a "4-pole" decreasing like 1/r4, plus an 8-pole decreasing like 1/r5, and so forth. The field of an isolated "monopole" would presumable decrease like 1/r2, the way gravity does--but no such single pole was ever observed, they always come (at the very least) in pairs.
The new tools for better observation and description of the Earth's magnetic field led to better, world-wide observations. Gauss and Weber organized a "Magnetic Union" for setting up observatories, and Humboldt enlisted Russia's Czar to create a chain of them across Siberia. The greatest help however came from the British empire, whose "Magnetic Crusade" led by Sir Edward Sabine set up stations from Canada to Tasmania (then known as "Van Diemen's Land"). The vast network not only made possible the first global models of the field, but also demonstrated the world-wide character of magnetic storms.
One can compare today's magnetic models, some of them based on satellite observations, to the ones started by Gauss more than 150 years ago. One trend then stands out: the dominant "dipole" field is getting weaker, at about 5% per century (the rate might have increased since 1970). In the unlikely event that the trend continues unchanged, about 1500-2000 years from now the magnetic polarity of the Earth would reverse.
However, the magnetic field of Earth is not likely to disappear, because the high electrical conductivity of the core demands that the magnetic flux entering the core can only change very, very slowly (more about "flux" below). As the late Ned Benton has shown (together with Coerte Voorhies), even though such conservation does not allow flux entering the core to disappear, it may be redistributed--perhaps replacing the big bundle of the dipole with a number of more complex ones (4-pole, 8-pole, etc.). Such replacement yields weaker fields on the surface, and meanwhile the dominant "dipole" pattern may (sometimes) reverse, later growing again to dominate the pattern but (possibly) with the main magnetic poles reversed.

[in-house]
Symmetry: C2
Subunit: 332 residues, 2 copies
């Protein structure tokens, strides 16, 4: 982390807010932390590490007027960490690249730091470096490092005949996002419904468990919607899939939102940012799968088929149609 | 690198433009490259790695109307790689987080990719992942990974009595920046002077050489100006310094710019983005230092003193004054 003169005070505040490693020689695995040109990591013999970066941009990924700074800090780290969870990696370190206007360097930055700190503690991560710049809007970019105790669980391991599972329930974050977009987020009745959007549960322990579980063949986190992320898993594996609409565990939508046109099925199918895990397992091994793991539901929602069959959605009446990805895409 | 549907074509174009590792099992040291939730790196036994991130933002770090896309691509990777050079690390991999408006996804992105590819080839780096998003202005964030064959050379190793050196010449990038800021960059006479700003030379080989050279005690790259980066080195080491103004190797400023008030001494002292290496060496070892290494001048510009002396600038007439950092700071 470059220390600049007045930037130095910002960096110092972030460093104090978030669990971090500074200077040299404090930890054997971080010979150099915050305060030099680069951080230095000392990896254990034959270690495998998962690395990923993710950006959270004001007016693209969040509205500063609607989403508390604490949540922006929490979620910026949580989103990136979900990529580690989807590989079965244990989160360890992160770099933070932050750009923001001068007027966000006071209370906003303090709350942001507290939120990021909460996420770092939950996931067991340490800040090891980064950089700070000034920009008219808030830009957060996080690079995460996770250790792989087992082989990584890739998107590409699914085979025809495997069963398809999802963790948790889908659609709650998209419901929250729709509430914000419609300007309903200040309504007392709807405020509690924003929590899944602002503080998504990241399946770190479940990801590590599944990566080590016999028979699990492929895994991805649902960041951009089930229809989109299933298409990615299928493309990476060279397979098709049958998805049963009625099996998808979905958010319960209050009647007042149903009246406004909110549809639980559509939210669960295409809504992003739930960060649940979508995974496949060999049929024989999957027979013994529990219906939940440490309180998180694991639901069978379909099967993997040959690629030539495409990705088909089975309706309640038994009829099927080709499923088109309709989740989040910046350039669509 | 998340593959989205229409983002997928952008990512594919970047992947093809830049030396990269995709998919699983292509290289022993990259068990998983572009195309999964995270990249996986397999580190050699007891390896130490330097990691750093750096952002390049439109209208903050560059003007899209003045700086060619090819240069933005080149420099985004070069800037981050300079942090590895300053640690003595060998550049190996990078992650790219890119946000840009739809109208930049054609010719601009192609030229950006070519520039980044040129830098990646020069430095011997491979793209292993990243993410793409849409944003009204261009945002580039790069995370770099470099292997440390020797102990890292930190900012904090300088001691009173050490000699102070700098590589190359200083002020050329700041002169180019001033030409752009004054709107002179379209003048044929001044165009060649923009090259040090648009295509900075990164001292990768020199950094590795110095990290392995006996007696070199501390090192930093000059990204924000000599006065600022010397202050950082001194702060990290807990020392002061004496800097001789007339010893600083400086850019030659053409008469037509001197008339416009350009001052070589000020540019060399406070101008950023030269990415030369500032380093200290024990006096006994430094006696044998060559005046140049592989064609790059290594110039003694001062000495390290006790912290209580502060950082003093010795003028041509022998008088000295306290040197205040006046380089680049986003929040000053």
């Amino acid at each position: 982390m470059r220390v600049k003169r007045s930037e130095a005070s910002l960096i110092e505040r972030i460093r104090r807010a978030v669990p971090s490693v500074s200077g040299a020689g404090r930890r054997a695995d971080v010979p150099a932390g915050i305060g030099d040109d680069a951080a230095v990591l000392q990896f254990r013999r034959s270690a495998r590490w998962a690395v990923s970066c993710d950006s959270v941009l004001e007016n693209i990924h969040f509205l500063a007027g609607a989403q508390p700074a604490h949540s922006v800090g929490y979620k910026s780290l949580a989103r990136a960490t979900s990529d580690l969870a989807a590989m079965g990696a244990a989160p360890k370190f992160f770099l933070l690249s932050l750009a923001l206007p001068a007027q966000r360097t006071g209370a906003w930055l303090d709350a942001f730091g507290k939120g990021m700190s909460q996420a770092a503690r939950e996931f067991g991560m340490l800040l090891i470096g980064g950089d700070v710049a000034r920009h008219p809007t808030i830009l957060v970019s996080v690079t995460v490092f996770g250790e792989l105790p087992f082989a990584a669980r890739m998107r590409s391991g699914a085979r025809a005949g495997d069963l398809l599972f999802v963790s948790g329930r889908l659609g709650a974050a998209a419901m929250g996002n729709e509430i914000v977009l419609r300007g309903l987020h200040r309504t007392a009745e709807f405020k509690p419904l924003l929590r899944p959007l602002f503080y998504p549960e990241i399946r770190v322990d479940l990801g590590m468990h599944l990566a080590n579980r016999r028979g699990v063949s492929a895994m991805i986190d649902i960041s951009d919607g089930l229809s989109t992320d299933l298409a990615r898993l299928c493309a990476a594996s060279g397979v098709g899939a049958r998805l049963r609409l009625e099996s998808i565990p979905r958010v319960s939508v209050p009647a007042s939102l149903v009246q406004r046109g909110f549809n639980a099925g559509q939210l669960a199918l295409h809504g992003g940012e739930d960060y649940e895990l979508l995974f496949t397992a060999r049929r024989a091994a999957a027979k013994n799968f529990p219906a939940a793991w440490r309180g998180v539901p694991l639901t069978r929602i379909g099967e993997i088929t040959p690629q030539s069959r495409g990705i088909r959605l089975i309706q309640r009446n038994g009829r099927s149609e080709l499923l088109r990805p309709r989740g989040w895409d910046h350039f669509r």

In the mathematical description of magnetic fields, the magnetic flux through some given area is an important concept. The prescription for deriving the flux entering the area--here, core surface--is
(1) divide the area into patches--those where field lines enter and those where where they leave.
(2) Ignore the latter areas. Divide the area where the lines enter into small sub-areas.
(3) Multiply each sub-area by the component of the magnetic vector perpendicular to the surface, and
(4) Add all products together. What you get is the magnetic flux entering the core.
If you had done the same with areas where field lines exit from the core, it can be shown that you would have got the same result, but with minus sign, denoting flux leaving instead of entering. If you ignore the sign and mark every contribution as positive, you get exactly the same flux. Calculating the "total unsigned flux" at the core surface gives the sum of the two--the "total unsigned flux," equal to twice the entering magnetic flux, and therefore, also (very very nearly) unchanged with time. The "total unsigned flux" is however easier to derive (which is why geomagneticians prefer working with it), because you no longer need to divide the surface into irregular patches of incoming and outgoing field lines--every bit of area is used in the calculation.
"Carl Friedrich Gauss, Titan of Science"
This definitive biography of Gauss by Waldo G Dunnington, 479 pp., was first published in 1955.
Republished in 2004 by the Mathematical Association of America, with an addition by Jeremy Gray as well as a contribution by Fritz-Egbert Dohse, bringing the page count to 586.
Tidbit. Gauss had 6 children, and he quarreled with one son over the cost of a party which Gauss refused to pay. In protest, the son left Germany in 1830 and joined the US army. After ending his service, he settled in Missouri and was joined there by a brother; as a result, many of Gauss'es descendants today live in the US.
Next Stop: 11. The Sun's magnetic cycle
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